Dr. Stendahl got up and rustled around his desk, put his hand on something.  “I remember now.  I had a call from Monmouth Memorial Hospital.  The doctor treating you said you kept asking about a certain Pinkie and he wondered who she was.   I think he wanted to warn this person to visit a doctor.  So I Googled Pinkie—and this is what I found.”  He held up a color image of Pinkie.  “Is this where you think you contracted whooping cough?”

“Not in that painting,” I said quietly.

“Oh?”  This surprised him.  

“From Pinkie, on her deathbed.”

Dr. Stendahl turned to look at the picture.  “But this is not a painting of Pinkie on her deathbed.”

“It was tactile!” I erupted.  “I could feel her, the touch of her hand on mine!”

He shook his head.  “That doesn’t make it real.  It only makes the psychosis behind your hallucinating more serious.”

“I thought I wasn’t supposed to hallucinate anymore on meds?”

“It’s not a perfect science,” said Dr. Stendahl.  “It’s hit or miss, and try again, until one finds the right cocktail that balances the brain.  Everyone’s brain is different. Was this the only hallucination you’ve had since we met?”

I nodded.

“Why are you so distraught?” he asked.

My eyes welled and I uttered a half-laugh, half-cry.  “I’m in love with Pinkie.  I can’t get her out of my mind!”

The doctor studied me.  “Perhaps you are confusing love with obsession.”

“What I’m doing is blaming myself for her death because I might have been able to save her.” 

Dr. Stendahl folded his arms, a bemused expression.  “And how do you suppose you might have done that?”

“Pinkie missed Jamaica.  She didn’t like England.  She never would have died so young if she hadn’t left Jamaica.”

"Does it occur to you that you're talking about something that happened over two centuries ago?"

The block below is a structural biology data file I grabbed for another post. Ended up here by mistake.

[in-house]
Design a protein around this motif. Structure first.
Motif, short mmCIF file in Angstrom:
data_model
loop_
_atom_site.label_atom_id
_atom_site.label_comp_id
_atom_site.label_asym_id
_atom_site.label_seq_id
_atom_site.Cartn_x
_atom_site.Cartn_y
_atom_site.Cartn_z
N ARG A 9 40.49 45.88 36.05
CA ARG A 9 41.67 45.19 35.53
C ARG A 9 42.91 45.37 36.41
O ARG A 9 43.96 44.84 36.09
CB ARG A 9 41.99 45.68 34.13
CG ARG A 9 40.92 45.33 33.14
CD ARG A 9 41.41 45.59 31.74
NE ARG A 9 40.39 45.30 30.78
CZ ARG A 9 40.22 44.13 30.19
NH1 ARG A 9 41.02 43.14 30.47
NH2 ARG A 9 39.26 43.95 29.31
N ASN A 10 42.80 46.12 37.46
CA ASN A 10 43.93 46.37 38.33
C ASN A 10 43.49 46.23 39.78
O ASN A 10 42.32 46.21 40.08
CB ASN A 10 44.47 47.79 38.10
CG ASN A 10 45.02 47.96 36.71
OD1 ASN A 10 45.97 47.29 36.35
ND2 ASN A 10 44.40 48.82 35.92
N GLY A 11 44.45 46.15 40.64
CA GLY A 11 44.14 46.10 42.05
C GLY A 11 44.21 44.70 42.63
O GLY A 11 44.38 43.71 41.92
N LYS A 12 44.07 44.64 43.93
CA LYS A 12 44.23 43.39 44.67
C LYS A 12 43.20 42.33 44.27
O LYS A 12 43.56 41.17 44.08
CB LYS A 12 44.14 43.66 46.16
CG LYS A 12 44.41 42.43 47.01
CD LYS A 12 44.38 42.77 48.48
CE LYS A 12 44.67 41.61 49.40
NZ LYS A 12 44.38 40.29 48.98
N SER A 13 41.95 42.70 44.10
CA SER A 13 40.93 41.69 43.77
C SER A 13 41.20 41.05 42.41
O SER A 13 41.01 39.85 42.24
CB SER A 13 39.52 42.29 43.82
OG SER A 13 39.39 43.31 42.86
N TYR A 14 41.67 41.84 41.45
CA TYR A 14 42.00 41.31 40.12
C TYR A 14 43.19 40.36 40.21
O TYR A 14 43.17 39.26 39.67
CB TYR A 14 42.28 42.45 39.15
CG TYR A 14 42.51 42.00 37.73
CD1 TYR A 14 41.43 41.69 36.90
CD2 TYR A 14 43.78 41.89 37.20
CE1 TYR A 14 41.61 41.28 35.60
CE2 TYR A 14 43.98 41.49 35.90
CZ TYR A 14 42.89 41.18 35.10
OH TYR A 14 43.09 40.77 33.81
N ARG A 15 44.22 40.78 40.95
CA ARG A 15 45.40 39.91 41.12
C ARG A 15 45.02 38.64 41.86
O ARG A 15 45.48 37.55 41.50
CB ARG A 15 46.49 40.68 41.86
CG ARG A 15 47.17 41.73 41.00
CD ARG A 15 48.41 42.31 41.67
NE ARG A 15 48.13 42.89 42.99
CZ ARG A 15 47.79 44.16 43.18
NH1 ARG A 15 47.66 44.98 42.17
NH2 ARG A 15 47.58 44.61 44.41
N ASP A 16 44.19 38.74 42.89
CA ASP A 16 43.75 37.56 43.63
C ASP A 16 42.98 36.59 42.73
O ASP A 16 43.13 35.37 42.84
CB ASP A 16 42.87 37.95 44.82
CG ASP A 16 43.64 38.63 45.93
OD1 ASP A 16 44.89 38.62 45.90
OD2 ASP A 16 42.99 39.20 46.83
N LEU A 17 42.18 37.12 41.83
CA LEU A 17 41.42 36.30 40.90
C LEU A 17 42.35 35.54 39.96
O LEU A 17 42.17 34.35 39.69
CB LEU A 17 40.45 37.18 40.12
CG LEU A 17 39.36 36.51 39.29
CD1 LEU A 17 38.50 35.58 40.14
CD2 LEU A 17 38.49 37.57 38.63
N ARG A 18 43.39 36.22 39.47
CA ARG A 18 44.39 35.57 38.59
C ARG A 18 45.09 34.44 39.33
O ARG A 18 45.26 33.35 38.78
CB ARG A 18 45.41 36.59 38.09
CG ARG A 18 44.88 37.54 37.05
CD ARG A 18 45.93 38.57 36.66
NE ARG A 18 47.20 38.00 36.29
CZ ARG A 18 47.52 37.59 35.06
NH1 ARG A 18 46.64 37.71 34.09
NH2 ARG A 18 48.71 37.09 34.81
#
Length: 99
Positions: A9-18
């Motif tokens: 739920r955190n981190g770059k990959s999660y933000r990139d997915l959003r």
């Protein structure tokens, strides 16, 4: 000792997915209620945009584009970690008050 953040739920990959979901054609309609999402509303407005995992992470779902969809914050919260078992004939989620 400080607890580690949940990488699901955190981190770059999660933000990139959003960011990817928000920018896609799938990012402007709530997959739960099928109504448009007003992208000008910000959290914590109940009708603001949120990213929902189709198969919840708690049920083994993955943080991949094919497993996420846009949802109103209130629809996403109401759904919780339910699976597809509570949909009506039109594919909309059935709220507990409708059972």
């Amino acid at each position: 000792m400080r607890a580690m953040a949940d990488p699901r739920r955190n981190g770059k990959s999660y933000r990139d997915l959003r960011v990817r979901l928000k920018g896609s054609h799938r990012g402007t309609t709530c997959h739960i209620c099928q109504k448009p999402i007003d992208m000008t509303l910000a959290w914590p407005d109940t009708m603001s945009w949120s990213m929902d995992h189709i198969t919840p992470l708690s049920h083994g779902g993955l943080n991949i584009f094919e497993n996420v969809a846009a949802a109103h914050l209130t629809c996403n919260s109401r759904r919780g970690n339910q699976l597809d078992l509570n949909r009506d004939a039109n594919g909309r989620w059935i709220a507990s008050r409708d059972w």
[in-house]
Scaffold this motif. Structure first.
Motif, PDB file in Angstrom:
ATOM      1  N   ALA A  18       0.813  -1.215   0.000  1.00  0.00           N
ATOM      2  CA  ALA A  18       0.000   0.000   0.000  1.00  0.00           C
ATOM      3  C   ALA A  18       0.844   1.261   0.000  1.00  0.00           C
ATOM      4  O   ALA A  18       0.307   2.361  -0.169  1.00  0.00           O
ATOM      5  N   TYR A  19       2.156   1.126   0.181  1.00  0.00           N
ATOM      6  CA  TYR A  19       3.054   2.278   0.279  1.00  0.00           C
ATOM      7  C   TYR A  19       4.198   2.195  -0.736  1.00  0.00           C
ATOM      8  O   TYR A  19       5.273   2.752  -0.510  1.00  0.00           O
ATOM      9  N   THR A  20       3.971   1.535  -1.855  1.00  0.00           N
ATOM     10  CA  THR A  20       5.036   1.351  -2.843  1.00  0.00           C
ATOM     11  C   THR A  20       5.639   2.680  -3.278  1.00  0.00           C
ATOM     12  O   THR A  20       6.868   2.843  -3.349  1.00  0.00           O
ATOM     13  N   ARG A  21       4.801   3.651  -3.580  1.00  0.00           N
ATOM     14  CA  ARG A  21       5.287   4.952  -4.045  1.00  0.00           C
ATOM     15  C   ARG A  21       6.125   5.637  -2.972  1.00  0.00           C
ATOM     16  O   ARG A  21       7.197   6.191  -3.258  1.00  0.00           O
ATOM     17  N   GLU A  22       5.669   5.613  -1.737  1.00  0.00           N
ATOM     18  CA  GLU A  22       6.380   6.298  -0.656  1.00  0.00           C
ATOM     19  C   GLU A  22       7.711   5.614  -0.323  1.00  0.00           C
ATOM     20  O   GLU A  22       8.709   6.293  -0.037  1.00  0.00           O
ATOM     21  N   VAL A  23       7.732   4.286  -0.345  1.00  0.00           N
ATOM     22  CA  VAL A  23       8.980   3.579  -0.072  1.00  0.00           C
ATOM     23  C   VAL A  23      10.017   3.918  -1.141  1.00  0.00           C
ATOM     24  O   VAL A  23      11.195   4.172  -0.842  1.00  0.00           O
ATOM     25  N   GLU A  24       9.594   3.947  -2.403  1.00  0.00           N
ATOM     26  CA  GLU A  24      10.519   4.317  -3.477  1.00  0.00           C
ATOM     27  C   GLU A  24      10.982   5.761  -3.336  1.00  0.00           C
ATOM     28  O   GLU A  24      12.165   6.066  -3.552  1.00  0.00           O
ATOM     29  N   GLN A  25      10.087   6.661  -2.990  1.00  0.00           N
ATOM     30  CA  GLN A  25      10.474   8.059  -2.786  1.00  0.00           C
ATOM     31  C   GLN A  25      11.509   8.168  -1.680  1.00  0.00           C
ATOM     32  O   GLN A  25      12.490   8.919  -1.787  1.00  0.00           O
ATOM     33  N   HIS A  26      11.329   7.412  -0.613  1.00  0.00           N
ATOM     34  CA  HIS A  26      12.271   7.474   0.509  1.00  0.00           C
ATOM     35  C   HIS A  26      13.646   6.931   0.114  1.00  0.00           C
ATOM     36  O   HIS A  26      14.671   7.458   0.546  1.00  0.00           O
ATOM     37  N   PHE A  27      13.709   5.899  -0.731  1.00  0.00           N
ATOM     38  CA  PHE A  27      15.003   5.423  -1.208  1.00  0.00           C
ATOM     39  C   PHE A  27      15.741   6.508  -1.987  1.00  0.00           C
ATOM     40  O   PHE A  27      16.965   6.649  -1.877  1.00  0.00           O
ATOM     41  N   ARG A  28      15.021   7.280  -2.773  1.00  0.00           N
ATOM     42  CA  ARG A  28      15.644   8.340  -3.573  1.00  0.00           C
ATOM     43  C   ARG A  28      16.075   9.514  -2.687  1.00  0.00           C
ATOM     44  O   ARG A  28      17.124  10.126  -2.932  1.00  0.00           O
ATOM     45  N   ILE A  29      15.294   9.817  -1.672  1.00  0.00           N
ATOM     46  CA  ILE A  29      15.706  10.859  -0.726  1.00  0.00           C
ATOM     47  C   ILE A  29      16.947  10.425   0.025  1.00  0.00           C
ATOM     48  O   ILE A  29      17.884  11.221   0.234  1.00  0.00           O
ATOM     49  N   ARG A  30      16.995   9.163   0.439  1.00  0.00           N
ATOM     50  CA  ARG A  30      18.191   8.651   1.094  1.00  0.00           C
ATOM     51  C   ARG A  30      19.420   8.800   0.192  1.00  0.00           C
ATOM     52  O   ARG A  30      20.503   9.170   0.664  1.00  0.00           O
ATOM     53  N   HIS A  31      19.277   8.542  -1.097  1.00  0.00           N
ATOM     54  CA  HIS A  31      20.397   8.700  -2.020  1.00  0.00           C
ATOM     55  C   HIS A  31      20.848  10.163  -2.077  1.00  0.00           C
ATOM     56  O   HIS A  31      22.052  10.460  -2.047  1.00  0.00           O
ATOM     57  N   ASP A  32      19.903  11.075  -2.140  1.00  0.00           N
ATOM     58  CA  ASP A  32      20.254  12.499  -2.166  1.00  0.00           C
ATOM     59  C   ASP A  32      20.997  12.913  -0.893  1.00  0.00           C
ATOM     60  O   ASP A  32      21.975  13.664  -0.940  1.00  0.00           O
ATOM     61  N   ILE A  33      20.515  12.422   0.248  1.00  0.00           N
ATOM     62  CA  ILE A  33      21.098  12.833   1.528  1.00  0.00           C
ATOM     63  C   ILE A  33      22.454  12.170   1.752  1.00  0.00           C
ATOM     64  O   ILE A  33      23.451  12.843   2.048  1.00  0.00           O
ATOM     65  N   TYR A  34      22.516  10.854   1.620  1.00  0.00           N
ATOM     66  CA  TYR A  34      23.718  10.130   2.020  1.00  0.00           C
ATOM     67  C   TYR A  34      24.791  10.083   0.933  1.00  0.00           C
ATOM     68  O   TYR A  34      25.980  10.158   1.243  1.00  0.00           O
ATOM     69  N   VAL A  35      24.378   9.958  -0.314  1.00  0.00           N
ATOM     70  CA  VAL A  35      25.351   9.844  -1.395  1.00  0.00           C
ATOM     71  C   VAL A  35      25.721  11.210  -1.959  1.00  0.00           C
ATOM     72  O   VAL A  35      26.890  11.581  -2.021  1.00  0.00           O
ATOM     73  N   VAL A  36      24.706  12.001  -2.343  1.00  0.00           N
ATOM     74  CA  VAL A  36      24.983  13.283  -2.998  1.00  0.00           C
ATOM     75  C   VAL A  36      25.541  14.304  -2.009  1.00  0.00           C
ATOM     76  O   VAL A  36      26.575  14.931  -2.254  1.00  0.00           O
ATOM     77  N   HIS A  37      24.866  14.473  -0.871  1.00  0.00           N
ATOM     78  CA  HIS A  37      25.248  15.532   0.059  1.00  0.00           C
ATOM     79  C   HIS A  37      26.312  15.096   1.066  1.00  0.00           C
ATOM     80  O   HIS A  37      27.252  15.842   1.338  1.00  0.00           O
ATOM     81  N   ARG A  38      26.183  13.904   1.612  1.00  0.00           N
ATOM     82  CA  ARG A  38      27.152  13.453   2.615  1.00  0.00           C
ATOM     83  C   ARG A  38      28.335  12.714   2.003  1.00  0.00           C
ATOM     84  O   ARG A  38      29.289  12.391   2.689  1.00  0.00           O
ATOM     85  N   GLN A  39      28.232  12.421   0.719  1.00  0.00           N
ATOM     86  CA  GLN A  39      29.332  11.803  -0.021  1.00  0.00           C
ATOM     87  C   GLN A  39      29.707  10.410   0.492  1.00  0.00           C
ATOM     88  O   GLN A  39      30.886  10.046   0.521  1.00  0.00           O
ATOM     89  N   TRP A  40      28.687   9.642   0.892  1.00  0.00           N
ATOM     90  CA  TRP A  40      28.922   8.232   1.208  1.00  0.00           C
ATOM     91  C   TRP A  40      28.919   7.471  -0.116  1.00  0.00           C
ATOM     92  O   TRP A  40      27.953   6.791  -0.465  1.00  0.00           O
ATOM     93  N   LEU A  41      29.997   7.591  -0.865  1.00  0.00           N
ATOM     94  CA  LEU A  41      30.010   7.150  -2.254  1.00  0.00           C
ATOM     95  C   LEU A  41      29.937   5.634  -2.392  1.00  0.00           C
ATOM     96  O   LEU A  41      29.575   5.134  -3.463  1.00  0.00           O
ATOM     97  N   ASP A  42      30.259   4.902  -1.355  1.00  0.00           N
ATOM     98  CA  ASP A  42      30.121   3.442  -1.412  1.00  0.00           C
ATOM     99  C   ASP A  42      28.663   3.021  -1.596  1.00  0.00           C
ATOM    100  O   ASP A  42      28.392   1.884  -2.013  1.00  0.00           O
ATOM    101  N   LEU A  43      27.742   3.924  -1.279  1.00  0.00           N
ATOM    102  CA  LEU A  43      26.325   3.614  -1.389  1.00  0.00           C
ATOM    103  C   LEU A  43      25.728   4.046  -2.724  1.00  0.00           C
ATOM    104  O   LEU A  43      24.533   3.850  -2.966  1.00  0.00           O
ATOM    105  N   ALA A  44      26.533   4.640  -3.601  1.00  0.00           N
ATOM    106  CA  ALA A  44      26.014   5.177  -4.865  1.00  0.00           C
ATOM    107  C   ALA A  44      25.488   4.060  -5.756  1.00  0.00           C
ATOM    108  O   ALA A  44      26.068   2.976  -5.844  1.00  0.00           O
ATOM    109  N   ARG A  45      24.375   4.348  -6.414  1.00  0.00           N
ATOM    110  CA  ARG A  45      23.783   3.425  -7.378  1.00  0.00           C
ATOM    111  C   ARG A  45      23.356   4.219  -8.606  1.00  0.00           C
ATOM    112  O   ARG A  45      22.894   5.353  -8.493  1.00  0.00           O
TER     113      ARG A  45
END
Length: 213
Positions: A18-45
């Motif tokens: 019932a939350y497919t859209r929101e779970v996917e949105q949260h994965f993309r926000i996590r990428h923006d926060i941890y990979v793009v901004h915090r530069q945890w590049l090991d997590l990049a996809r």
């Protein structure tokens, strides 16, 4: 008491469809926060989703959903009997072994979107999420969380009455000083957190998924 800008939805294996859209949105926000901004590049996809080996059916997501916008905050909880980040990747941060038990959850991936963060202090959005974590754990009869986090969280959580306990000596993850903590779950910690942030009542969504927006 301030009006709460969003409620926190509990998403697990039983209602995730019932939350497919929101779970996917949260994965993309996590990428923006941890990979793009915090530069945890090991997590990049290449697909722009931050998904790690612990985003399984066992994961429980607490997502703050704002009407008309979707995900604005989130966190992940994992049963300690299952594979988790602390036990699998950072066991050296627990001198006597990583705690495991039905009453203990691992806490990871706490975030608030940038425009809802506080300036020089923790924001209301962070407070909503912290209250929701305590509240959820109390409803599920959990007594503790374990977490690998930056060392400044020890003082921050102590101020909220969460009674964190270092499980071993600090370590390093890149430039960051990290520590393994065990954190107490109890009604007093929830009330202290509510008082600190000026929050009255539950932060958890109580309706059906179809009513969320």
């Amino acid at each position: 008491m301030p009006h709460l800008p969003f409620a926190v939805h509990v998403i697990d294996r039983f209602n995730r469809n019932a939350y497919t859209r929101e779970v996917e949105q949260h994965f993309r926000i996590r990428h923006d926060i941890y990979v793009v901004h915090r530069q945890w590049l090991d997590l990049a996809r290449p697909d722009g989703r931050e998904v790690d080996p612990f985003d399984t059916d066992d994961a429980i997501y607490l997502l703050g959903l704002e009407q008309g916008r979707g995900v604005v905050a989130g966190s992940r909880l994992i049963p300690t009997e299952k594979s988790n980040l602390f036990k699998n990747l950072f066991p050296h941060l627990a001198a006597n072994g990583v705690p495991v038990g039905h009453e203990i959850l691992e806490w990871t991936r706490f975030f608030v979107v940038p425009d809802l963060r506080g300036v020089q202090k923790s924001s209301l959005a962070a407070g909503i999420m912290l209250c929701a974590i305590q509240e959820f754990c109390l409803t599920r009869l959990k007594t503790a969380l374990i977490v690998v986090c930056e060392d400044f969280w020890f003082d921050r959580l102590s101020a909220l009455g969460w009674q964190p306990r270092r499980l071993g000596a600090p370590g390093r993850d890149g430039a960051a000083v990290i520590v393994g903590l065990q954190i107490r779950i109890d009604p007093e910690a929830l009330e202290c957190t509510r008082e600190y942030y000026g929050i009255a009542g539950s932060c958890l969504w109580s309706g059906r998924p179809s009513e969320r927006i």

I did not reply.

“Are you traveling in time now?” he asked, somewhat sarcastically.

It made me feel indignant. “How could I catch whooping cough if I wasn’t really there?” 

Dr. Stendahl shrugged.  “Maybe riding a Greyhound bus all night in close quarters with someone with whooping cough?”

I looked down, feeling my spirit broken as well as my heart, and I shook my head.  “What am I supposed to do?”

Dr. Stendahl spoke gently and quietly.  “Start by facing reality.”

I looked up.  “But I need to talk about what happened.  How can I fall in love with an eleven year-old?”

“You tell me?”

“I don’t know!”

“After I Googled Pinkie I read a about her—about the painting,” said Dr. Stendahl.  “Some say that, to the artist, Pinkie represented childhood.  Maybe that’s what is going on here:  you are resorting to the same kind of escapism that little boys do in childhood when they daydream.”

“I honestly don’t know what’s going on here, doc, but I used to daydream as a boy—and it was nothing like I’m experiencing now.  What can I do about it?”

“I’m going to guess, the way you’re talking, that you’ve already been back to see the painting of Pinkie.”

I nodded sheepishly. 


I shook my head.  “Nothing.”  A tear dripped down my cheek.

"That's good, no?"

“No,” I said sadly.  “I want to go back into it.”

“You’d rather live in fantasyland than in reality?”

I shrugged.  “Whatever it takes to see her again.”

“But you know she’s not real.”

“To me she is.”

“And what happens if you don’t, uh, hallucinate Pinkie again?”

I wrung my hands in despair of such a notion.  “I can’t even imagine.”

“Do you feel suicidal?”

I did not answer.  In truth, I felt that my life would not be worth living if I could not see Pinkie again.

“I see,” said Dr. Stendahl, looking grim.  “There’s only so much I can do with medication and seeing you once a week.  Based on how distraught you are, I think you should check yourself into a facility.”

“You mean a mental hospital?” I shot back.

“It’s not as bad as it seems.  No one is going to commit you.  You go in voluntarily.  These days, specialized short-term care can do wonders for patients with symptoms like yours.  In just a few weeks they’ll have you feeling good, and back to living a normal life again.”

“Without Pinkie.”

“That’s the point.  You need to get on without her.  If you prefer, you could receive intensive counseling as an outpatient.”

“I don’t know.”  I lowered my face into my hands.  “I just don’t know."

Dr. Stendahl checked his wristwatch.  “I’m going to give you two things:  One, a new prescription for meds.  We’re going to increase the dosage, which we probably should have done before your most recent hallucination, but you didn’t come back to see me.  Two, I’m going to write down an 800 telephone number for the National Suicide Prevention Lifeline.  If you are feeling desperate and suicidal, call them.  It truly helps to talk with someone. They are specially trained to listen and to talk you down from thoughts of suicide, which are always temporary.”